ithout naming the suitor, MGM said last week it received an offer for its 50 % stake that will generate proceeds of about us$ 250 million. The people declined to be identified because the deliberations aren’t public.
With Borgata, Leonard Green would gain a stake in the most profitable Atlantic City resort, at a time when the state is seeking ways to help operators reverse a market-wide gambling revenue decline now in its fourth year. Governor Chris Christie in July proposed taking control of policing, land use and development on the Boardwalk and nearby areas as competition from neighboring states grows.
Boyd Gaming, operator and half-owner of Borgata, has the right to match Leonard Green’s bid and said in an October 18 filing that it’s evaluating its options. Boyd spokesmen didn’t immediately respond to an e-mail request for comment. Michael Gennaro, a spokesman for Leonard Green, declined to comment. Gordon Absher, a spokesman for Las Vegas-based MGM Resorts, also declined to comment.
The buyout firm, founded in 1989, has holdings in fitness club operator Equinox, and retailers Whole Foods Market and Sports Authority, according to its website. Leonard Green doesn’t list any gambling investments at the site.
Casino overbuilding and debt taken on before the 2008 financial crisis have created opportunities for private-equity investors such as Leonard Green, whose founder died in 2002.
The firm bid unsuccessfully for the M Resort Spa Casino south of the Las Vegas Strip with the founding Marnell family, who spent about us$ 1 billion building the property, people with knowledge of the sale said earlier this month. Penn National Gaming won the auction, agreeing to pay us$ 230.5 million for about us$ 860 million in M Resort debt.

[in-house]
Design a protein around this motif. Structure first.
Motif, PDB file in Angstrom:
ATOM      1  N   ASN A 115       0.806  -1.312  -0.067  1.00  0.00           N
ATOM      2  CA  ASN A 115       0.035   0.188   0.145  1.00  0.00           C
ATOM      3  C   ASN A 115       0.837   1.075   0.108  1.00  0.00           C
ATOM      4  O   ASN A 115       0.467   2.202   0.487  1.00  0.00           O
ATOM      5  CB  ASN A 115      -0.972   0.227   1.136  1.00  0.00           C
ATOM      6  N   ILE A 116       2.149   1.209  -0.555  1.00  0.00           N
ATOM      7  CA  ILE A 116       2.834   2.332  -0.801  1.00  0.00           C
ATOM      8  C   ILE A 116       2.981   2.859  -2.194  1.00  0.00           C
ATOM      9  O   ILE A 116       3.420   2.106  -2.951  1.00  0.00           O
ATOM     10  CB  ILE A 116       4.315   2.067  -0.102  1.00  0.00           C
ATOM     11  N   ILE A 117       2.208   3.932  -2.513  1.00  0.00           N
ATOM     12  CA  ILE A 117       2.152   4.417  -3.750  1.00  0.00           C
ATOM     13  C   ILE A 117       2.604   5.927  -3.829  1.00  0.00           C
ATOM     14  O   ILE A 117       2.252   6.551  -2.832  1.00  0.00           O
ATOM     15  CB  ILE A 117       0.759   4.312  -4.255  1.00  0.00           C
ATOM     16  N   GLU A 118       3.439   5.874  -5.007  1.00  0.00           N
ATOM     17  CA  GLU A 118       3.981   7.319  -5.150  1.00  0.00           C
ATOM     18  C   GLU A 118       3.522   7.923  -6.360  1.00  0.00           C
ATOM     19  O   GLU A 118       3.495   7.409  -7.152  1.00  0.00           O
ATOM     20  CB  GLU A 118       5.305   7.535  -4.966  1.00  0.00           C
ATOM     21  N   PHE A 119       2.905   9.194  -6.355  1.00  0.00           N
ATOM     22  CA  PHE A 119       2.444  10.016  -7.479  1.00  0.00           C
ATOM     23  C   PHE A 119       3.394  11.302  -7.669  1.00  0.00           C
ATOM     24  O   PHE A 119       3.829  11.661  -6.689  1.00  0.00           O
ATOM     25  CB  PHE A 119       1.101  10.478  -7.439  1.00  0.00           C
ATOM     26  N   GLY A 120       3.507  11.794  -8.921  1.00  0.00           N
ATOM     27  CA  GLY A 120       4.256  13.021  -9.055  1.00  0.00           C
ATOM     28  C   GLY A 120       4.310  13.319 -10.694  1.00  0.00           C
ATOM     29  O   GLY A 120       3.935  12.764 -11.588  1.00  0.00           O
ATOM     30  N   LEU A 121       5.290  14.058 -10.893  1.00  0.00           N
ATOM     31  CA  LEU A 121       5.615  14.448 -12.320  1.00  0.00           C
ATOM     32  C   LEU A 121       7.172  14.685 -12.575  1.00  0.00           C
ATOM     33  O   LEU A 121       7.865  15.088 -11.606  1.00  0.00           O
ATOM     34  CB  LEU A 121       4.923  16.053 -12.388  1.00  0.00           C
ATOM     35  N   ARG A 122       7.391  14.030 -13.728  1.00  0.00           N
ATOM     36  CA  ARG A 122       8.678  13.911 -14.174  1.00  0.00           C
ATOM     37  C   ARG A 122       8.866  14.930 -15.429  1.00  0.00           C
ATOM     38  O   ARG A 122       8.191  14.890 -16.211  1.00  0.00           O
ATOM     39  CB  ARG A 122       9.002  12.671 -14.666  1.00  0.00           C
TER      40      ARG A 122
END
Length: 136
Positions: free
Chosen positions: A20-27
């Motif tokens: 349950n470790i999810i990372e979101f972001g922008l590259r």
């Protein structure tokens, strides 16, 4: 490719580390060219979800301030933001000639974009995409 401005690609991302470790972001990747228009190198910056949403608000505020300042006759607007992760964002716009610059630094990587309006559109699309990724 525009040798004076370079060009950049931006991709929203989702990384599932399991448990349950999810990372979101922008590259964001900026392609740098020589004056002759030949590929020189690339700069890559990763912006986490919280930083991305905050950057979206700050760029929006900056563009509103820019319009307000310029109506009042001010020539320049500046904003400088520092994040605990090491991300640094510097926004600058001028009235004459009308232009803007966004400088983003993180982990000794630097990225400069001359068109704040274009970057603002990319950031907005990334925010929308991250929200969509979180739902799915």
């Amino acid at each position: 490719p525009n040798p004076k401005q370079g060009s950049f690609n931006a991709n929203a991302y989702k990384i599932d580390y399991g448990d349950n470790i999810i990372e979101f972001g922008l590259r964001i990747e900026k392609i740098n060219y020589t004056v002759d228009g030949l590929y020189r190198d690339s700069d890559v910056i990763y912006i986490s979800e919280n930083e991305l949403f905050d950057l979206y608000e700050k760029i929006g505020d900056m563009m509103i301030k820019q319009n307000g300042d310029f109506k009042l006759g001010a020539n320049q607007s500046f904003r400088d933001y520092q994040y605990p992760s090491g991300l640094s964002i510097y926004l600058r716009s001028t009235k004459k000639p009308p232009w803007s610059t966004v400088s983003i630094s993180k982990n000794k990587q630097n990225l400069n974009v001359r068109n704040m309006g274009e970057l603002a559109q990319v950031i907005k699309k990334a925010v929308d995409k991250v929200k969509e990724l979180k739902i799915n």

Authentic Brands Group, one of Leonard Green’s holdings, agreed last month to buy TapouT and other clothing brands associated with the mixed-martial arts network Ultimate Fighting Championship. Las Vegas-based UFC is majority owned by Lorenzo and Frank Fertitta, members of the family that founded Station Casinos.
MGM, the biggest casino operator on the Las Vegas Strip, is leaving Atlantic City rather than drop its ties to Pansy Ho and their joint venture in Macau, China, the world’s largest casino market. MGM pledged to sell its Borgata stake in March after the New Jersey Division of Gaming Enforcement found Ho to be an unsuitable partner.
MGM said the offer for Borgata valued the New Jersey property’s total equity and debt at us$ 1.35 billion. MGM and Ho plan to sell shares in their Macau casino venture. Borgata had the highest gross operating profit of Atlantic City’s 11 casino resorts in the first half of this year and in 2009, according to the New Jersey Casino Control Commission.
Boyd and MGM refinanced the resort in August, in part to pay themselves a dividend. Borgata includes the us$ 400 million Water Club hotel tower, opened in June 2008.
MGM agreed separately in July to sell the land underneath Borgata to Vornado Realty Trust and Geyser Holdings. The deal is scheduled to close in the fourth quarter and will deliver MGM net proceeds of about us$ 71 million.